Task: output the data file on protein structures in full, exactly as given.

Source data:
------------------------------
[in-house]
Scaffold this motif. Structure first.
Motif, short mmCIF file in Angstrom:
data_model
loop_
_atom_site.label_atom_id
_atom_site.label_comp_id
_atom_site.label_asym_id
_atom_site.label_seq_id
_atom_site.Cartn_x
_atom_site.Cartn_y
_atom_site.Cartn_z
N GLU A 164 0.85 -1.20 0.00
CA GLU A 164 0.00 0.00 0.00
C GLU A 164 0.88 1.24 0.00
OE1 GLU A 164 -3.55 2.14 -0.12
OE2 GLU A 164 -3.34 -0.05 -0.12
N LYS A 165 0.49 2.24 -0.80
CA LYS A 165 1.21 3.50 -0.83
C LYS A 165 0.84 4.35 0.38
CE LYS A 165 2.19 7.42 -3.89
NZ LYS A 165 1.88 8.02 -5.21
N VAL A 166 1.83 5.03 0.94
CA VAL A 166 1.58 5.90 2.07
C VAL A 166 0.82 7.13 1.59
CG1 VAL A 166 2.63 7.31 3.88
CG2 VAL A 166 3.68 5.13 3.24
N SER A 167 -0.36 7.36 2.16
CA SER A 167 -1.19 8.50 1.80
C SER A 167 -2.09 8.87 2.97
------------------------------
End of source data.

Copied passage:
[in-house]
Scaffold this motif. Structure first.
Motif, short mmCIF file in Angstrom:
data_model
loop_
_atom_site.label_atom_id
_atom_site.label_comp_id
_atom_site.label_asym_id
_atom_site.label_seq_id
_atom_site.Cartn_x
_atom_site.Cartn_y
_atom_site.Cartn_z
N GLU A 164 0.85 -1.20 0.00
CA GLU A 164 0.00 0.00 0.00
C GLU A 164 0.88 1.24 0.00
OE1 GLU A 164 -3.55 2.14 -0.12
OE2 GLU A 164 -3.34 -0.05 -0.12
N LYS A 165 0.49 2.24 -0.80
CA LYS A 165 1.21 3.50 -0.83
C LYS A 165 0.84 4.35 0.38
CE LYS A 165 2.19 7.42 -3.89
NZ LYS A 165 1.88 8.02 -5.21
N VAL A 166 1.83 5.03 0.94
CA VAL A 166 1.58 5.90 2.07
C VAL A 166 0.82 7.13 1.59
CG1 VAL A 166 2.63 7.31 3.88
CG2 VAL A 166 3.68 5.13 3.24
N SER A 167 -0.36 7.36 2.16
CA SER A 167 -1.19 8.50 1.80
C SER A 167 -2.09 8.87 2.97